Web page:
Learn more about BikingToronto and Singer Kwinter

ELSEWHERE: Why don’t more African-Americans ride bicycles?

d2ba6462b6f458b4a4_14m6i6loc

From the states, but equally applicable here?

It took a week in Copenhagen for Albus Brooks to start thinking seriously about bicycling.

The Denver city councilman, 35, had never owned a bike. By the time he headed home from a study tour in Denmark last month, he knew those days were over.

“We biked every day, so I found myself, on a personal point, increasingly happy,” Brooks said, laughing, in an interview last week. “I was a very happy person by the end of that trip.”

via Why don’t more African-Americans ride bicycles? | PeopleForBikes.

  • paige

    For me, coming into biking late (my 30’s) was mostly because it was never really on my radar. I don’t know any other Black cyclists and rarely see any on my daily commute. It was never seen as “cool” in my circle to cycle after my teens and even then I can’t remember anyone cycling. Bikes just aren’t apart of our culture. I’m sure there’s some socio-economic reasons as well…concentrations of Black folk in lower-to-middle-income brackets etc.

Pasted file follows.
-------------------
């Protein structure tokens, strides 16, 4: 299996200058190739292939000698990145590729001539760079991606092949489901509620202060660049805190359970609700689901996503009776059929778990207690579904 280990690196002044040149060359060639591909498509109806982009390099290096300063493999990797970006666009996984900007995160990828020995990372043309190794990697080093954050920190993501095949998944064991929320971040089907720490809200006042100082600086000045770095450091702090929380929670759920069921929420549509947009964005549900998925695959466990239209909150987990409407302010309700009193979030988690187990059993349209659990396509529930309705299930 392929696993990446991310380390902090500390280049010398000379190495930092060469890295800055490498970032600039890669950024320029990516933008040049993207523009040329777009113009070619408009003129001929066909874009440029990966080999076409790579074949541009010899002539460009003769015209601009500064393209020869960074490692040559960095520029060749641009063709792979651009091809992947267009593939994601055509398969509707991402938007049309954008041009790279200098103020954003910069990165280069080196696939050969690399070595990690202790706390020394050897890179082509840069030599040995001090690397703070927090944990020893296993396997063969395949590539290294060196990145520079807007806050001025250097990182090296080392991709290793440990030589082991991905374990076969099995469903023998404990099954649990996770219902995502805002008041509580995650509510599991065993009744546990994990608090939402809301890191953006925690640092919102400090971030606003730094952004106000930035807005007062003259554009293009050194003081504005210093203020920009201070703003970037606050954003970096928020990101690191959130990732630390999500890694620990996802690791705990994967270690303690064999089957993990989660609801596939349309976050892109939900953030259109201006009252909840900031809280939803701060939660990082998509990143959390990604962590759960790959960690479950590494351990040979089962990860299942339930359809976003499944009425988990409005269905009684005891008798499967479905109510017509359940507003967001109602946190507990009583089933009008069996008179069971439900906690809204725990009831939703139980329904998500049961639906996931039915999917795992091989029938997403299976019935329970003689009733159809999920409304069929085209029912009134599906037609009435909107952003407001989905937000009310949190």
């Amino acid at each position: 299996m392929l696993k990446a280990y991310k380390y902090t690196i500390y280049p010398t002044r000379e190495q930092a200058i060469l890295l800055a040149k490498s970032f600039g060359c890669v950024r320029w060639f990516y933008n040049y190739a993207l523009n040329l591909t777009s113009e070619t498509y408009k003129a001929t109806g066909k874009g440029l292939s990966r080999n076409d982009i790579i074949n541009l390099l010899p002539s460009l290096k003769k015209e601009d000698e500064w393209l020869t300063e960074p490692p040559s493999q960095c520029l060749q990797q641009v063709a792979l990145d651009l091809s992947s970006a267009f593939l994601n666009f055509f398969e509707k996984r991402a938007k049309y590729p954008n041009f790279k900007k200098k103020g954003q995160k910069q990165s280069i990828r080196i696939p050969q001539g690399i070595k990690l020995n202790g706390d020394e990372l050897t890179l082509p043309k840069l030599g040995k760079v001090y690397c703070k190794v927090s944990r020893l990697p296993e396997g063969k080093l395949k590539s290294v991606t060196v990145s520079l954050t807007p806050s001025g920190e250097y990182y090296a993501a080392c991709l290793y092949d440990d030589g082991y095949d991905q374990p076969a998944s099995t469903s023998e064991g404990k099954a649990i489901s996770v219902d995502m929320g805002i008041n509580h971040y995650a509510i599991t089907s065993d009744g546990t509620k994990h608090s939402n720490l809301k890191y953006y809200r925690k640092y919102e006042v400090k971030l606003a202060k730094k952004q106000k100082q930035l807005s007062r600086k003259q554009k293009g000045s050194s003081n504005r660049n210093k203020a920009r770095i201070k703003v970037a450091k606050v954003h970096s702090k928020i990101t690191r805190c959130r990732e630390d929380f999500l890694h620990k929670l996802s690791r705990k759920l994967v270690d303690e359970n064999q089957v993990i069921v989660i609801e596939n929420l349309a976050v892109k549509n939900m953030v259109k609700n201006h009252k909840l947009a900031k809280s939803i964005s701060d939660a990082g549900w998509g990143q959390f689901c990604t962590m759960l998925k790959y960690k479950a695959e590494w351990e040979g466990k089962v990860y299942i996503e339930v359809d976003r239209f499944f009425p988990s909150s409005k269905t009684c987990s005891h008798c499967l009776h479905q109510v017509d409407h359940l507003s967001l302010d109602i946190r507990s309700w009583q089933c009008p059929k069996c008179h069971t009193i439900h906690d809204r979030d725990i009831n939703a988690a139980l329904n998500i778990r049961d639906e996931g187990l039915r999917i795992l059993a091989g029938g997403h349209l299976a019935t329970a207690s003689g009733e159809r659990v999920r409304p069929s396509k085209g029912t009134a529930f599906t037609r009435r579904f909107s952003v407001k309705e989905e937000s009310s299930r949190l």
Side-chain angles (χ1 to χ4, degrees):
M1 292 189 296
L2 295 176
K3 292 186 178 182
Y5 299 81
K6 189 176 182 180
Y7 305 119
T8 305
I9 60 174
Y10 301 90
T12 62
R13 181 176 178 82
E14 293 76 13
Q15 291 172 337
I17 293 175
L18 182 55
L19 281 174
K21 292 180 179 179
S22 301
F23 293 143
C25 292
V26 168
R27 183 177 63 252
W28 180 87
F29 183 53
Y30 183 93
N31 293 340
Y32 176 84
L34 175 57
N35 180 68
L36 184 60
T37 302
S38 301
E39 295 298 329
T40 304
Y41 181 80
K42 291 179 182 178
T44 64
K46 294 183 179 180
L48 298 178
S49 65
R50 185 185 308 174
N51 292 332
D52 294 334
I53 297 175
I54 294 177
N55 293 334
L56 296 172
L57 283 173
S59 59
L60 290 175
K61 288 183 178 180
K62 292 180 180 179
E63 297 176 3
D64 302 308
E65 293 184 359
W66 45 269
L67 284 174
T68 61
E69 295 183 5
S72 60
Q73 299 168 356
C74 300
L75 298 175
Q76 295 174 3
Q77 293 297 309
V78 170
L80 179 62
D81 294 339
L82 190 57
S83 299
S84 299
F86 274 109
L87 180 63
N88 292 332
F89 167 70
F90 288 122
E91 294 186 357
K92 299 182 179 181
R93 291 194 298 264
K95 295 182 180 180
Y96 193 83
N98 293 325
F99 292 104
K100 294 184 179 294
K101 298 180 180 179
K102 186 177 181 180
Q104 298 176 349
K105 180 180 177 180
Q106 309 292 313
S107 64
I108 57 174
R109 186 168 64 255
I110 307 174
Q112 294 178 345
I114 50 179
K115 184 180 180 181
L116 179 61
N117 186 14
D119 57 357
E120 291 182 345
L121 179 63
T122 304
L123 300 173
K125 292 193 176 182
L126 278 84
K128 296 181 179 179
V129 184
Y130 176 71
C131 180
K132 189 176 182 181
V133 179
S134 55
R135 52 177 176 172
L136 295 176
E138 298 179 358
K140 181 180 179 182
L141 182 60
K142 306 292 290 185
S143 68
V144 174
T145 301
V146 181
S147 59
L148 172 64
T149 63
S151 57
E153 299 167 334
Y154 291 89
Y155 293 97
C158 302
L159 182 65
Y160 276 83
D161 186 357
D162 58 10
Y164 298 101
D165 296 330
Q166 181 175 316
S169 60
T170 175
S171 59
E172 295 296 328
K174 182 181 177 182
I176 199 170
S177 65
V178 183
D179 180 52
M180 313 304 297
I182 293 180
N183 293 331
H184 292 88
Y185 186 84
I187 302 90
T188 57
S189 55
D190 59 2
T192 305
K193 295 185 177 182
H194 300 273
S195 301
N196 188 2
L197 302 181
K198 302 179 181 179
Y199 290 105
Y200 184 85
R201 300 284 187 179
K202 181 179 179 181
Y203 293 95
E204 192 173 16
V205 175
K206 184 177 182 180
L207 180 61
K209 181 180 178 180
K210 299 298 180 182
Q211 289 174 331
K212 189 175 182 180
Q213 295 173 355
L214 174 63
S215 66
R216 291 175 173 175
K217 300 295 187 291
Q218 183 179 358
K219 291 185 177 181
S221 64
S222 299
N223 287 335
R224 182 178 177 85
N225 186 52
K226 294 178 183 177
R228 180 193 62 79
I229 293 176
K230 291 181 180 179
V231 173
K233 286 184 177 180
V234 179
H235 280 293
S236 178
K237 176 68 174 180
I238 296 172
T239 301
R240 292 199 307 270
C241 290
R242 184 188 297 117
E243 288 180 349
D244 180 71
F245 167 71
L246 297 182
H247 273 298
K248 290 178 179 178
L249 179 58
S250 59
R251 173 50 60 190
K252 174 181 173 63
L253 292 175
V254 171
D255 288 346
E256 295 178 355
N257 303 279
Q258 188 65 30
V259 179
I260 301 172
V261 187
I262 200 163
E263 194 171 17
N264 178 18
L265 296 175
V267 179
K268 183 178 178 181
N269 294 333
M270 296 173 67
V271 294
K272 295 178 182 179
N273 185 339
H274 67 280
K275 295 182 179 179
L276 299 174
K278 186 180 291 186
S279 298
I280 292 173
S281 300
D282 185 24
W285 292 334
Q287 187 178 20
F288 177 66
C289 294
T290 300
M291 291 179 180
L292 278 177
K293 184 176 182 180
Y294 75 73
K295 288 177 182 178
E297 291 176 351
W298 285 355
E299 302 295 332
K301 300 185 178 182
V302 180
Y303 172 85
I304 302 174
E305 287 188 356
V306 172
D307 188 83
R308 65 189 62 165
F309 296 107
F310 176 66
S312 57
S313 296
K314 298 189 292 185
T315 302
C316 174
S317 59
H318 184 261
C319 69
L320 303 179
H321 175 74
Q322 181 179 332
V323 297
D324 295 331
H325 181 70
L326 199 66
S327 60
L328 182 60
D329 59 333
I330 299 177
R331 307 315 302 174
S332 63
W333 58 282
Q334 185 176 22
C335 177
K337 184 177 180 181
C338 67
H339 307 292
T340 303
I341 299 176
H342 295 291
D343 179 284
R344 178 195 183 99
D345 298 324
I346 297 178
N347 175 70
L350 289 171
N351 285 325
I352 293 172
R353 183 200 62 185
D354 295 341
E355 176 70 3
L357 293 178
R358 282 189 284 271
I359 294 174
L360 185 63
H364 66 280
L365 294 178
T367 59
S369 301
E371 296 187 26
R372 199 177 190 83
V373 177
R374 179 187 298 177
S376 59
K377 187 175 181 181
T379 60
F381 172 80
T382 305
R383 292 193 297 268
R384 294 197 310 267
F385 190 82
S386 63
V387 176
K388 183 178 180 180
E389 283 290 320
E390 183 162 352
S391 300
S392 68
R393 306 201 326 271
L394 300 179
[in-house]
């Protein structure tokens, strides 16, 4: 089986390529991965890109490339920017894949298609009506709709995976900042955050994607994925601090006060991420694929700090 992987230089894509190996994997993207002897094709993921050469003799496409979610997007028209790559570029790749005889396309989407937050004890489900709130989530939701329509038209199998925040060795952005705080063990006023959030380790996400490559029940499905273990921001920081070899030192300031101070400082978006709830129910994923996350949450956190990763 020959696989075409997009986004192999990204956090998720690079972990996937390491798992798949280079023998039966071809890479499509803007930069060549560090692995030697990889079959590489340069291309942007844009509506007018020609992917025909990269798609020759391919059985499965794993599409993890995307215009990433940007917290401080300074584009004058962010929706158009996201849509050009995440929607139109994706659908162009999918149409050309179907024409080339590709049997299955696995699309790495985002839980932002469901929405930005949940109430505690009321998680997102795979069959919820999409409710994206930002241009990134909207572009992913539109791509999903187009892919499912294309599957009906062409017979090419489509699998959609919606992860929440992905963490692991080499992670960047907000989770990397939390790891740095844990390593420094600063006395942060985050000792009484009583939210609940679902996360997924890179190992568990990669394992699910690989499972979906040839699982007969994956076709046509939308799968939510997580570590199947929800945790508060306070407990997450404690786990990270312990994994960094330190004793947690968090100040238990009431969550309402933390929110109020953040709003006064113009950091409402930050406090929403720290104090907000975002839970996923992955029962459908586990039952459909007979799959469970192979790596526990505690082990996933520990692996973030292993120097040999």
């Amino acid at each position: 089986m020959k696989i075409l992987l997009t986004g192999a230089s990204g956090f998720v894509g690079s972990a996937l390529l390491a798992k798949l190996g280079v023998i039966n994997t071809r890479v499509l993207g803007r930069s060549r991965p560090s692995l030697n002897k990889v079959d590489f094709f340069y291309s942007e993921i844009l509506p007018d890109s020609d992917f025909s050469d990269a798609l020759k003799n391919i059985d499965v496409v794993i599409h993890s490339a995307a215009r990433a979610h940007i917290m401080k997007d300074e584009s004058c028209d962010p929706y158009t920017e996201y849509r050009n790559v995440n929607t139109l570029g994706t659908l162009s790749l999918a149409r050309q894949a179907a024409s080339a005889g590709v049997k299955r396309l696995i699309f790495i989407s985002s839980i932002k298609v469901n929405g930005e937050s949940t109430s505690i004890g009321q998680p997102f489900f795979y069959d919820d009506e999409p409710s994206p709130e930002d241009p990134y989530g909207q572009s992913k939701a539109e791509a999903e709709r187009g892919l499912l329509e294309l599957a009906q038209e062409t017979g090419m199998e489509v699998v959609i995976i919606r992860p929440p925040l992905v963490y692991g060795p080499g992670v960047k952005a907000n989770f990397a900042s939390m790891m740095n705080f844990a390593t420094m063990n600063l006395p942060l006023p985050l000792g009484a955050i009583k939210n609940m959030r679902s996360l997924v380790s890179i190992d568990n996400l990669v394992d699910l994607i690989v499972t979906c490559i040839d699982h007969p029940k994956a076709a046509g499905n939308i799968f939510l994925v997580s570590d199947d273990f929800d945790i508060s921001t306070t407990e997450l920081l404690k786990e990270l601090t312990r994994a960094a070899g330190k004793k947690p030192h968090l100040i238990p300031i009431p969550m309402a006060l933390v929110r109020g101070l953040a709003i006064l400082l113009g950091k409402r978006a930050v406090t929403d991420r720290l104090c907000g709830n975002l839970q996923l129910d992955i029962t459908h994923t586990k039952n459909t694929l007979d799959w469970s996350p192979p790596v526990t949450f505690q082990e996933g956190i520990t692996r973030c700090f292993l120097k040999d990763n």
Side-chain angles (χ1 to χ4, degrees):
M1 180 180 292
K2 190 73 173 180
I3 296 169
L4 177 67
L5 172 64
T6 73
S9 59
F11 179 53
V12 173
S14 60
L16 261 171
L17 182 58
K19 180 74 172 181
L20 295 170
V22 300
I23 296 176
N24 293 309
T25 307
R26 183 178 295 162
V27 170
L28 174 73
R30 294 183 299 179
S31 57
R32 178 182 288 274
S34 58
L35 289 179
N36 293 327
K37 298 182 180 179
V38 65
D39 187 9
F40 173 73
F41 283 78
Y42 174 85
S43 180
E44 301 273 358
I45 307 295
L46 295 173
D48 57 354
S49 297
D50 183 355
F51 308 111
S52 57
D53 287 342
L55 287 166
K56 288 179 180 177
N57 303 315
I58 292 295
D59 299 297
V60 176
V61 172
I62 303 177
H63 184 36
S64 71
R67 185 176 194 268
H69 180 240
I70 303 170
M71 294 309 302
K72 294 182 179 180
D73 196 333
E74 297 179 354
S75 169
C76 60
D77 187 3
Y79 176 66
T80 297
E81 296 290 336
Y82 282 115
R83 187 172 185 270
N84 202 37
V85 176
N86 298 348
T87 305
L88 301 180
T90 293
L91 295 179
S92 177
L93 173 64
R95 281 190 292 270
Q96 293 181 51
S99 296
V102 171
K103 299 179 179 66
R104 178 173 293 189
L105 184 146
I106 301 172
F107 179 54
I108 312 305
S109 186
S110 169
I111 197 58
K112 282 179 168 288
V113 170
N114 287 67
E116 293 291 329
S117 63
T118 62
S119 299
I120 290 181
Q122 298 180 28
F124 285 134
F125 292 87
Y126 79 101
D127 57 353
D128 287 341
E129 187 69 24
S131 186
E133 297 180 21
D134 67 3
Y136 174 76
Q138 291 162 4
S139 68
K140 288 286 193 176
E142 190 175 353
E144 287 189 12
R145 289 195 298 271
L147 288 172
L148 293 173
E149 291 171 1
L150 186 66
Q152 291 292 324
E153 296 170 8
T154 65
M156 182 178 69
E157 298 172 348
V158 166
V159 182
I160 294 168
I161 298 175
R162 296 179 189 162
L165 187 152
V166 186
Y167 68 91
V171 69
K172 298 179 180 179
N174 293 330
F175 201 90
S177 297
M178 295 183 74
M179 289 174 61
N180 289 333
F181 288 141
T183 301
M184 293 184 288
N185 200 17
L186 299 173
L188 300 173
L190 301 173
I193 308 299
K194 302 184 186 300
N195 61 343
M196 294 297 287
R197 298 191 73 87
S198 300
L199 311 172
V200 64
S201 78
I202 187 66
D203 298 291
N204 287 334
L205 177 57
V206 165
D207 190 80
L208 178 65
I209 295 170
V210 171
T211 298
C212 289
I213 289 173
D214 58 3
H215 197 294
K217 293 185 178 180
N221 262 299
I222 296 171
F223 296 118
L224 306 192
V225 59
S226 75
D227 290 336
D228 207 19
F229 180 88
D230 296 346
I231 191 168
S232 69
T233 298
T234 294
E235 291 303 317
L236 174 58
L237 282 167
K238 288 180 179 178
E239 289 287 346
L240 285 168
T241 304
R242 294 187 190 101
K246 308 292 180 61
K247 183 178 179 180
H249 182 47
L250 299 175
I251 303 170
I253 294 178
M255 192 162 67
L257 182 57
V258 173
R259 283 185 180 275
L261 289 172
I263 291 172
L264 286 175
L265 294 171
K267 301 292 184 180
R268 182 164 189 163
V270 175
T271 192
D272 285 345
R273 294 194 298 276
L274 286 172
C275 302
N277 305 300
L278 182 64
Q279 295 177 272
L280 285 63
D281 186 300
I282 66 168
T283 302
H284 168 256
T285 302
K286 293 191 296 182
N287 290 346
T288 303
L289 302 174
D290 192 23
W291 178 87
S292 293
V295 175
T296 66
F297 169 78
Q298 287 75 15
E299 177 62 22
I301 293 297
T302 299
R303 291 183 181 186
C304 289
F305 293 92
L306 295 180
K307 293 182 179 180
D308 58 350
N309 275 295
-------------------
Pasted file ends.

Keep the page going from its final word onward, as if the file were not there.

But I guess the biggest issue is my hair. Society at large doesn’t like the way my hair naturally grows out of my head at the best of times. It can very quickly turn disastrous without any outside influence. Add a bike helmet and sweat and just forget about looking “respectable” for the rest of the day…without a ton of product and tools.

    Also, in the wake of Trayvon Martin et al, the idea of tooling around on a bike with overzealous police officers looking for any excuse, seems very daunting. Growing up in Parkdale I remember the police stopping Black kids on bikes all the time for no good reason.


I Bike T.O. Shirts
available in 12 colours
$19.99

I Bike T.O. Shirts
available in 12 colours
$19.99

I Bike T.O. Shirts
available in 12 colours
$19.99

Left Wing Pinko Shirts
available in 12 colours
$22.99